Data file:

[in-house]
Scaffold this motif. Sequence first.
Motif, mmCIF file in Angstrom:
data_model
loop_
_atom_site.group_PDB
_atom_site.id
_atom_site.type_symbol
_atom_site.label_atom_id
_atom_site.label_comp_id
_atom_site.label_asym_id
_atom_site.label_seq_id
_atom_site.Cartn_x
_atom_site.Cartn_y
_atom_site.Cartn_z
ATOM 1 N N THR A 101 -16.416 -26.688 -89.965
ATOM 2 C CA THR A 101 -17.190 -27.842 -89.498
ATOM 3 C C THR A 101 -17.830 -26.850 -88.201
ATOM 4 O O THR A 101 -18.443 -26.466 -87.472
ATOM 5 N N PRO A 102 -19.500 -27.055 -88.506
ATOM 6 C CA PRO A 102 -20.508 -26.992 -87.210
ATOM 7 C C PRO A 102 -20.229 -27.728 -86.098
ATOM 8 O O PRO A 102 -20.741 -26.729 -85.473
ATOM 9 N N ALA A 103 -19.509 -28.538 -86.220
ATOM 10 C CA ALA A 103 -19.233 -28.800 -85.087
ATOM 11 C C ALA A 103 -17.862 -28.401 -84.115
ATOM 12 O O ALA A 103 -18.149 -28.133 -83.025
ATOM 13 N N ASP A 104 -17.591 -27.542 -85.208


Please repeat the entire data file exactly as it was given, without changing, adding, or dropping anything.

[in-house]
Scaffold this motif. Sequence first.
Motif, mmCIF file in Angstrom:
data_model
loop_
_atom_site.group_PDB
_atom_site.id
_atom_site.type_symbol
_atom_site.label_atom_id
_atom_site.label_comp_id
_atom_site.label_asym_id
_atom_site.label_seq_id
_atom_site.Cartn_x
_atom_site.Cartn_y
_atom_site.Cartn_z
ATOM 1 N N THR A 101 -16.416 -26.688 -89.965
ATOM 2 C CA THR A 101 -17.190 -27.842 -89.498
ATOM 3 C C THR A 101 -17.830 -26.850 -88.201
ATOM 4 O O THR A 101 -18.443 -26.466 -87.472
ATOM 5 N N PRO A 102 -19.500 -27.055 -88.506
ATOM 6 C CA PRO A 102 -20.508 -26.992 -87.210
ATOM 7 C C PRO A 102 -20.229 -27.728 -86.098
ATOM 8 O O PRO A 102 -20.741 -26.729 -85.473
ATOM 9 N N ALA A 103 -19.509 -28.538 -86.220
ATOM 10 C CA ALA A 103 -19.233 -28.800 -85.087
ATOM 11 C C ALA A 103 -17.862 -28.401 -84.115
ATOM 12 O O ALA A 103 -18.149 -28.133 -83.025
ATOM 13 N N ASP A 104 -17.591 -27.542 -85.208